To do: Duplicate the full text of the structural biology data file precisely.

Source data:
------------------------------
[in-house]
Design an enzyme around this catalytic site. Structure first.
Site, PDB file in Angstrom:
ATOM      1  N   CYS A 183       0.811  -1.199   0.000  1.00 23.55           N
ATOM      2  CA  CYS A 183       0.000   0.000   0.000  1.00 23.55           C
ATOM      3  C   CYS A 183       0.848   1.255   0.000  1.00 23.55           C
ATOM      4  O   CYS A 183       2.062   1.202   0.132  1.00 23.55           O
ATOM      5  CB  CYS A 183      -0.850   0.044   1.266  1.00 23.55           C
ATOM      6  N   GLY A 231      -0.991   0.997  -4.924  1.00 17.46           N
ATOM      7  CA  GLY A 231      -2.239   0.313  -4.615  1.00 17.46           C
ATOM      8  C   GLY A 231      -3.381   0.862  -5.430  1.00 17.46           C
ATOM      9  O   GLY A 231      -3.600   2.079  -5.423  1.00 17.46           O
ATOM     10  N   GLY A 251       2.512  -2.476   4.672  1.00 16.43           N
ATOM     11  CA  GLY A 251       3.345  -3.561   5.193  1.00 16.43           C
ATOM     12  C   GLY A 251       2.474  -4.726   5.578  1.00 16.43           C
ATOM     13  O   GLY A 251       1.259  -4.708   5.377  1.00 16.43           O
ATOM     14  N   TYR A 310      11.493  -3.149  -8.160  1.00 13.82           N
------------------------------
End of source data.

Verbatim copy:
[in-house]
Design an enzyme around this catalytic site. Structure first.
Site, PDB file in Angstrom:
ATOM      1  N   CYS A 183       0.811  -1.199   0.000  1.00 23.55           N
ATOM      2  CA  CYS A 183       0.000   0.000   0.000  1.00 23.55           C
ATOM      3  C   CYS A 183       0.848   1.255   0.000  1.00 23.55           C
ATOM      4  O   CYS A 183       2.062   1.202   0.132  1.00 23.55           O
ATOM      5  CB  CYS A 183      -0.850   0.044   1.266  1.00 23.55           C
ATOM      6  N   GLY A 231      -0.991   0.997  -4.924  1.00 17.46           N
ATOM      7  CA  GLY A 231      -2.239   0.313  -4.615  1.00 17.46           C
ATOM      8  C   GLY A 231      -3.381   0.862  -5.430  1.00 17.46           C
ATOM      9  O   GLY A 231      -3.600   2.079  -5.423  1.00 17.46           O
ATOM     10  N   GLY A 251       2.512  -2.476   4.672  1.00 16.43           N
ATOM     11  CA  GLY A 251       3.345  -3.561   5.193  1.00 16.43           C
ATOM     12  C   GLY A 251       2.474  -4.726   5.578  1.00 16.43           C
ATOM     13  O   GLY A 251       1.259  -4.708   5.377  1.00 16.43           O
ATOM     14  N   TYR A 310      11.493  -3.149  -8.160  1.00 13.82           N